HomeNewsLatest NewsEnd Privatisation To help 'Left Behind' Areas Of Britain, Voters Say

End Privatisation To help ‘Left Behind’ Areas Of Britain, Voters Say

Claims that publicly-run services would offer better value or higher standards were cited by only 17 per cent and 14 per cent of those who said they agreed – relatively marginal reasoning.

Voters believe that privatisation of public services has deepened regional inequality and “left behind” parts of Britain in the name of profit, new research has found.

Polling conducted by Survation asked members of the public why they supported the renationalisation of public services like public transport, utilities, and the Royal Mail.

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The most popular reason given by supporters of public ownership was that extra funds should go back into services rather than to shareholders, with 41 per cent citing the reason for their support.

A roughly equal number, 40 per cent, also said they believe that “privately-owned companies prioritise profitable areas over providing a good service to everyone”.

The finding comes after a torrid few years for railway services in the North of England that cumulated with the government taking the Northern franchise back into public ownership on a temporary basis.

Passengers have complained at long delays in withdrawing old “Pacer” trains, which were introduced in the 1980s as a temporary solution by British Rail and kept on by the new private operators.

The availability of reliable internet access in rural areas also became a political issue at last year’s election after Labour pledged to take the UK’s broadband infrastructure provider Openreach into public ownership to achieve it.

Britain’s internet companies have been accused of under-serving less profitable areas and admitted they would not be able to reach universal coverage without state support.

Royal Mail has also warned rural deliveries are under threat because private competitors “cherry-pick” profitable parts of the country while it is lumbered with a universal service obligation imposed when it was privatised.

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The findings are interesting in the context of the government’s so-called “levelling up” agenda, under which ministers have pledged to help parts of the country that have done less well in recent decades.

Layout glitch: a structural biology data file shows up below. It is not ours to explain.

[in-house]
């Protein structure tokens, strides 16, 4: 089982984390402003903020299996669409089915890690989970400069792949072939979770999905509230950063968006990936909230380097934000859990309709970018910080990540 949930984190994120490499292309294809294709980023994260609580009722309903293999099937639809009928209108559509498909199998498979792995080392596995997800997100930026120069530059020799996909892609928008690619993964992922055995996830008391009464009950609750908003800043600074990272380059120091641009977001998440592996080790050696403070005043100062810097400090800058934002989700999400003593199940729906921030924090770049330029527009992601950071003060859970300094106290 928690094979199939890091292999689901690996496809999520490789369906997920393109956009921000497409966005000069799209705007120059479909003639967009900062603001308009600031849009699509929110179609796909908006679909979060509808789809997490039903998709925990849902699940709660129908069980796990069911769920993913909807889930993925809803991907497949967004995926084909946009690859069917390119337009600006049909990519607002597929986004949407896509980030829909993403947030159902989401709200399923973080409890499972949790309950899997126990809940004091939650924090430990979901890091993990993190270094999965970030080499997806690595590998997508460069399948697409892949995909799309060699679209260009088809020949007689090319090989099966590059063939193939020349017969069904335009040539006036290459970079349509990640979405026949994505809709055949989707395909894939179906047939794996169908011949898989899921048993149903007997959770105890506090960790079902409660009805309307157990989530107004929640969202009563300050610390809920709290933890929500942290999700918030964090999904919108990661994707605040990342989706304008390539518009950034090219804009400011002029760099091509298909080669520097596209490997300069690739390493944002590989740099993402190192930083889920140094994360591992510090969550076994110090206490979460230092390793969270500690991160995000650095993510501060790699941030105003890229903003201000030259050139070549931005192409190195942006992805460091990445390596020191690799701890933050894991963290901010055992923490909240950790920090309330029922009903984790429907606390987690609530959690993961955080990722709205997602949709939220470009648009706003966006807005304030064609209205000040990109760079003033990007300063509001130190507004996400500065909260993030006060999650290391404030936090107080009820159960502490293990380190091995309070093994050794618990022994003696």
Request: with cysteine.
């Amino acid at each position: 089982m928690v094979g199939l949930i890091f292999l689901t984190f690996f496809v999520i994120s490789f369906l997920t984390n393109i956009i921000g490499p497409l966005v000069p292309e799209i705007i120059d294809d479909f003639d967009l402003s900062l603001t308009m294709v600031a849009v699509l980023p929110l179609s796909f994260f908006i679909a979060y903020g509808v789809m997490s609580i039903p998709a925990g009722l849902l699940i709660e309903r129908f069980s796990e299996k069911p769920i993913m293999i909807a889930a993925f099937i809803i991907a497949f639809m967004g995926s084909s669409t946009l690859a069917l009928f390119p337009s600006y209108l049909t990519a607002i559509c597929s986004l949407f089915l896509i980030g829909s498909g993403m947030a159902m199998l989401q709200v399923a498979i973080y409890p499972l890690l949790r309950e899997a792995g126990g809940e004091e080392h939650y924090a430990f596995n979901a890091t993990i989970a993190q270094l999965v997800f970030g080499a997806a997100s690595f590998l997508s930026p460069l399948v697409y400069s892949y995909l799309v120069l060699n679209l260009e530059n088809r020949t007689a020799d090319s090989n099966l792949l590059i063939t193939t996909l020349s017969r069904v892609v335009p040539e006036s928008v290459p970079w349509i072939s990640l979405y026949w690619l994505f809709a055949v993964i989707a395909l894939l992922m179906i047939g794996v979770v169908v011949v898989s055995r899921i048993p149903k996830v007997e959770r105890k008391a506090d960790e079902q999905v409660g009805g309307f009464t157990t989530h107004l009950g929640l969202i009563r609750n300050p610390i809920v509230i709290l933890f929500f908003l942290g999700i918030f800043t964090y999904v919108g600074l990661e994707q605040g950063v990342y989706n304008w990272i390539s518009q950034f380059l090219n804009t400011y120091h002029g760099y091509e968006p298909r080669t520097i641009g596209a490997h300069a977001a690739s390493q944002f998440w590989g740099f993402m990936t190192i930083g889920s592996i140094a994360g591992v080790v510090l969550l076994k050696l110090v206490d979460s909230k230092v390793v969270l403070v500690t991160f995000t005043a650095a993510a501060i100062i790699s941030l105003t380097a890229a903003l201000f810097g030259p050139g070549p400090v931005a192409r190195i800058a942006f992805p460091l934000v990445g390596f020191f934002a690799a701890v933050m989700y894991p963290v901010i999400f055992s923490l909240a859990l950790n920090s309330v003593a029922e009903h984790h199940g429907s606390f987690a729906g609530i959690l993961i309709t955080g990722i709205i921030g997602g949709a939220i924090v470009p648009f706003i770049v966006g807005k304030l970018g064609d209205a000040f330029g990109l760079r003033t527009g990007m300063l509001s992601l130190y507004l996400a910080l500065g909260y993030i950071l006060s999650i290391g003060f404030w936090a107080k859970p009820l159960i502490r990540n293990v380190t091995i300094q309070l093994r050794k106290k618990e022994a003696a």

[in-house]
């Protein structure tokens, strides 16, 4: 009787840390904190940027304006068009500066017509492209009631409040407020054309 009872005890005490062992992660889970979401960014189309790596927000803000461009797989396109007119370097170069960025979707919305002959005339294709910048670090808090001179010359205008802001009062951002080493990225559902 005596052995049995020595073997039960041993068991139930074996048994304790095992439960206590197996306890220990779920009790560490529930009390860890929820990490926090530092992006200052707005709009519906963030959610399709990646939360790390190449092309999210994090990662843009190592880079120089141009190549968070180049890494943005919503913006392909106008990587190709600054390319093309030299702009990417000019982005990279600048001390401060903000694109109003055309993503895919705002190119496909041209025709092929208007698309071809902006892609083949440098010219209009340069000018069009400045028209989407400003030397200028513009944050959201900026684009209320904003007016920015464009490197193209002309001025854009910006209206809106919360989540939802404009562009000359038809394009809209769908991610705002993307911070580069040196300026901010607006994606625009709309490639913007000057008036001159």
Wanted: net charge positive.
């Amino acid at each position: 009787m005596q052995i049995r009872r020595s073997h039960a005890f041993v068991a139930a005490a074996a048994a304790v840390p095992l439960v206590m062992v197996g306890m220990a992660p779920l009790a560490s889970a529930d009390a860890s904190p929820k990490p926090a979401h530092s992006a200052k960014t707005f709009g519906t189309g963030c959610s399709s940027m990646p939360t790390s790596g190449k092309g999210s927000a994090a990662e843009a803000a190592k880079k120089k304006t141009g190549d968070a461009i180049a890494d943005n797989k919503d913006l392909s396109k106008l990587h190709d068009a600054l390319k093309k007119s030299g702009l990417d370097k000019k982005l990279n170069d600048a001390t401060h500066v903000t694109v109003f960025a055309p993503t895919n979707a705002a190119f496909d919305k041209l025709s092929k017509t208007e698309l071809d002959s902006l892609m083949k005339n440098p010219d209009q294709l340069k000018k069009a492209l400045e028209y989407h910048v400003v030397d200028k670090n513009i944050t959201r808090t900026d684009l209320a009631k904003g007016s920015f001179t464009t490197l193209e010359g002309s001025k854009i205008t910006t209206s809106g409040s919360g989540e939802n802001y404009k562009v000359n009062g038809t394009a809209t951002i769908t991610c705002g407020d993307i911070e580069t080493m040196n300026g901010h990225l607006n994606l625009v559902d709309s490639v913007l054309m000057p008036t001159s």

It also gives a clue as to why support for public ownership is so high among supporters of all political parties – a fact of public opinion that flew under the radar for many years after privatisation.

The research found that 73 per cent of voters want public transport run in the public sector, compared to just 19 per cent in the private; 63 per cent supported utilities being public compared to 26 per cent private; 69 per cent wanted Royal Mail in public hands compared to 21 per cent who want privatisation. The level of support in the survey is similar to previous polling on the issue.

It comes amid a Labour leadership contest in which all the three remaining candidates have pledged to return a slew of public services to public hands.

Voters were asked whether they supported public ownership in certain sectors, and then asked to indicate whether they agreed or disagreed with different justifications.

Other popular reasons were that voters believed services were more accountable in the public sector and that when privately-owned services fail the public sector ends up picking up the cost anyway. Both these reasons were cited by 33 and 32 per cent of voters respectively.

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29 per cent of voters said public ownership was a moral issue and that services should simply not be run for profit, while 22 per cent said the fact promises made at privatisation hadn’t been kept was important.

Claims that publicly-run services would offer better value or higher standards were cited by only 17 per cent and 14 per cent of those who said they agreed – relatively marginal reasoning.

“This polling once again shows that the overwhelming majority of people support public ownership of our public services,” said Cat Hobbs, director of the campaign group We Own It, which commissioned the research.

Alice Campbell for SurgeZirc UK
Alice Campbell for SurgeZirc UK
Alice Campbell is a highly skilled and experienced royal writer, currently working with SurgeZirc UK. With a passion for journalism and a keen interest in the royal family, Alice has established herself as a prominent figure in the field.
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